Yiayin Wang is a young pianist who hails from China and has graduated from Shanghai Conservatory; she has lived in the United States since 1997. Marquis Classics' Introducing Xiayin Wang is her debut disc, and her program is an ambitious mix of Bach, Mozart, Ravel, Scriabin, and George Gershwin, essentially combining composers from opposite ends of the piano spectrum and sidestepping romantic literature. Likewise, the opposite ends of the disc contain the best stuff, the Bach and two pieces taken from Gershwin's slim output for solo piano -- "I Got Rhythm" from his neglected Song Book volume and the first of the Three Preludes. It's a shame that we couldn't have gotten the other two, as they would have fit on the disc, but "leave them wanting more" seems to be the operative idea in this case.
Wang's Bach is superb -- she really makes the Adagio in this solo concerto, adapted from Benedetto Marcello, sing. The Mozart is a little less so; while her playing of the familiar K. 330 Sonata in C major is clean, polished, and attractive, it could use a little more heft; it's merely the weakest thing in a program that, overall, is not very weak. Restraint seems to be a hallmark of Wang's playing; in the first of Scriabin's Op. 32 Poèmes the little upwardly darting figures at the ends of the opening phrases are spelled out in pearl-like single notes, rather than as a flourish as is commonly done -- a nice touch. While her Vers la Flamme doesn't really catch fire, all of the various polymorphic elements that make up this piece are stated clearly as separate entities, and Wang has a very nice natural sense of Scriabin's elliptical approach to rhythm.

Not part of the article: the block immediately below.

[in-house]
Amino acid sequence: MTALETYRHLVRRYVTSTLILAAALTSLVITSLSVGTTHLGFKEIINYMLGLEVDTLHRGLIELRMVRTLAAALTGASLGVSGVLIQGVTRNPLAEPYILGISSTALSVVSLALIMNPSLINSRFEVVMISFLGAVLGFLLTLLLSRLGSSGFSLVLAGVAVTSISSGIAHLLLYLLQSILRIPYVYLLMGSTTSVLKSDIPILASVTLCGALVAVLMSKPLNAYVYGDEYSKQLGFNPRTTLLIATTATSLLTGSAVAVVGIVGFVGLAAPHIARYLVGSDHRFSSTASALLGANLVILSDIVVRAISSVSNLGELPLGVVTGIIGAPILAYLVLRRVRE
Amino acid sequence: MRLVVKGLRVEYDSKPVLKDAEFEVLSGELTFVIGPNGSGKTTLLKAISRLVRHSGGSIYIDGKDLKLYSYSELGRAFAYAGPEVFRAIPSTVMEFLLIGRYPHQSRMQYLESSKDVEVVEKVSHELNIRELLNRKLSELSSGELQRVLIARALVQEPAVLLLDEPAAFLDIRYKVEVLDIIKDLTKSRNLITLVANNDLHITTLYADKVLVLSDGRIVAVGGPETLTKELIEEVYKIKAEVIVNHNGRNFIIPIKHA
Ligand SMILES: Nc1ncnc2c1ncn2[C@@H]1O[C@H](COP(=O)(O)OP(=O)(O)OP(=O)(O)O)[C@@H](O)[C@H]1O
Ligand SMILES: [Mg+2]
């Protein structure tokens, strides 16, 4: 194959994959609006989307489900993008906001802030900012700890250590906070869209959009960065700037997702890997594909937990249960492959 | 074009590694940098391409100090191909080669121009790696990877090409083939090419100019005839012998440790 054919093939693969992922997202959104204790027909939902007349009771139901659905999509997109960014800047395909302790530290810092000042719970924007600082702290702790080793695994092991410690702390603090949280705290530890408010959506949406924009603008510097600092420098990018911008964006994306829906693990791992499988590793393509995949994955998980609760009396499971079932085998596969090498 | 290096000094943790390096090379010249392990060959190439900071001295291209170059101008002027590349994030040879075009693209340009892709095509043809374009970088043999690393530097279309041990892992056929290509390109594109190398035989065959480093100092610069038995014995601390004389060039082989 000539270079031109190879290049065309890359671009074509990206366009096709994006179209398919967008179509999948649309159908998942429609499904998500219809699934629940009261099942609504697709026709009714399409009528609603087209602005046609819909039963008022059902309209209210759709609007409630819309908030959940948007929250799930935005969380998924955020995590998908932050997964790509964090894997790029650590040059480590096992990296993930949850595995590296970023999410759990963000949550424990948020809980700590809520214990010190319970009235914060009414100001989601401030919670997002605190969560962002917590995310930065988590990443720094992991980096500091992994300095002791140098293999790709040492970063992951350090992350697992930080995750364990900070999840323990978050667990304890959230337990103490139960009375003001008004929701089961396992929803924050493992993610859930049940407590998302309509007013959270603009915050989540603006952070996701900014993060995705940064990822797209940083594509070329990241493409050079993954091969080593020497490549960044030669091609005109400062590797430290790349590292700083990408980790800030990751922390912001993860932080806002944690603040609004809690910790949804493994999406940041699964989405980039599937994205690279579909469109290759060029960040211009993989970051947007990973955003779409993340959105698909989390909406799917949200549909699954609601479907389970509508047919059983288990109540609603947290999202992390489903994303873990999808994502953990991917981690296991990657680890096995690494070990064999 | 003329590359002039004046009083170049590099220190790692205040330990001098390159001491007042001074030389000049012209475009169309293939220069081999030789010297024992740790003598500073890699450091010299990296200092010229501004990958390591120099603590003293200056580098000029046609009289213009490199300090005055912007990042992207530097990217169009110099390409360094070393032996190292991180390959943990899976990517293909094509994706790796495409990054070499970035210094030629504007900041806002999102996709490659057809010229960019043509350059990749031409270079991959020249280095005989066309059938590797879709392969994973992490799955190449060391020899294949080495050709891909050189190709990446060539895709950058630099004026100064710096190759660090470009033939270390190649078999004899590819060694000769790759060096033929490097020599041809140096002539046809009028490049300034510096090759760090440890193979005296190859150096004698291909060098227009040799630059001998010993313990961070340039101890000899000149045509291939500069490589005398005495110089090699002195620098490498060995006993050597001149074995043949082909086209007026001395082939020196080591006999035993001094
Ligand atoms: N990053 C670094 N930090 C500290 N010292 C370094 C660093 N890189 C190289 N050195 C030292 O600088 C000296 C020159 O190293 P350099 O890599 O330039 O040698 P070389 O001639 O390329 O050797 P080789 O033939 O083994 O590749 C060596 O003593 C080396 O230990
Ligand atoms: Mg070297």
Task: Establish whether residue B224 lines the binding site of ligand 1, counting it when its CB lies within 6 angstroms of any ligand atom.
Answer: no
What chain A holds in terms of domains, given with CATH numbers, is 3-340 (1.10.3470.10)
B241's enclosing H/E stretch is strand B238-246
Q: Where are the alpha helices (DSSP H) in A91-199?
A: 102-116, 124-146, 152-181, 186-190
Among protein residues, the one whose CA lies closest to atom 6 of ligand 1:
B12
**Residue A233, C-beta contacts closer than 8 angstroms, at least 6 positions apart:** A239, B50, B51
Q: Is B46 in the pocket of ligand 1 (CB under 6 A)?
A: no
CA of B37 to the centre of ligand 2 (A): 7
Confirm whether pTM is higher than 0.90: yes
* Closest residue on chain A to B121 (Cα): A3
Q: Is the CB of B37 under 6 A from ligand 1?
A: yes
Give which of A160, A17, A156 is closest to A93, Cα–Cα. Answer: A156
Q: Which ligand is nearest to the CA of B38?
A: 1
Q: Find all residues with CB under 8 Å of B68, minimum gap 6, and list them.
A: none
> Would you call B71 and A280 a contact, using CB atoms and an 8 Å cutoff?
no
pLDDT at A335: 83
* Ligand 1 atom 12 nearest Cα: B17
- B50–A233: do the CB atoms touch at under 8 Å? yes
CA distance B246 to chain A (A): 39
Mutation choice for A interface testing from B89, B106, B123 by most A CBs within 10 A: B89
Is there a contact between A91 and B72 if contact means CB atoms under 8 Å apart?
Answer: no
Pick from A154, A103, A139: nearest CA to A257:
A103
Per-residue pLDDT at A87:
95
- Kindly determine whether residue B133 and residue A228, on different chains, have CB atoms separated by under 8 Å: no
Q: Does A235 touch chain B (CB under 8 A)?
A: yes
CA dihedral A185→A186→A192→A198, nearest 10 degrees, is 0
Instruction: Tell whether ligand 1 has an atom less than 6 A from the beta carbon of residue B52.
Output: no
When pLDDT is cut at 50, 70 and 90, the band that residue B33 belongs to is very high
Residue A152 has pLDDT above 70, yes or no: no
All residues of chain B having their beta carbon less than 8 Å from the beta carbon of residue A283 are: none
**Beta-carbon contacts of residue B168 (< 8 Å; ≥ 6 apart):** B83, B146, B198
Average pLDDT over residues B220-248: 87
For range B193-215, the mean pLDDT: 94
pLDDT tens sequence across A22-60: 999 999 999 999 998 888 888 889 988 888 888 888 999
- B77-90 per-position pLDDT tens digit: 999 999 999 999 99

Introducing Xiayin Wang is recorded very quietly; one will need to crank it up to get the full effect. Nevertheless, Wang is quite an exciting player and has precisely those qualities that make the prospect of seeing this artist in concert appealing -- breadth of repertoire, sensitivity of touch, and a beautiful overall sound.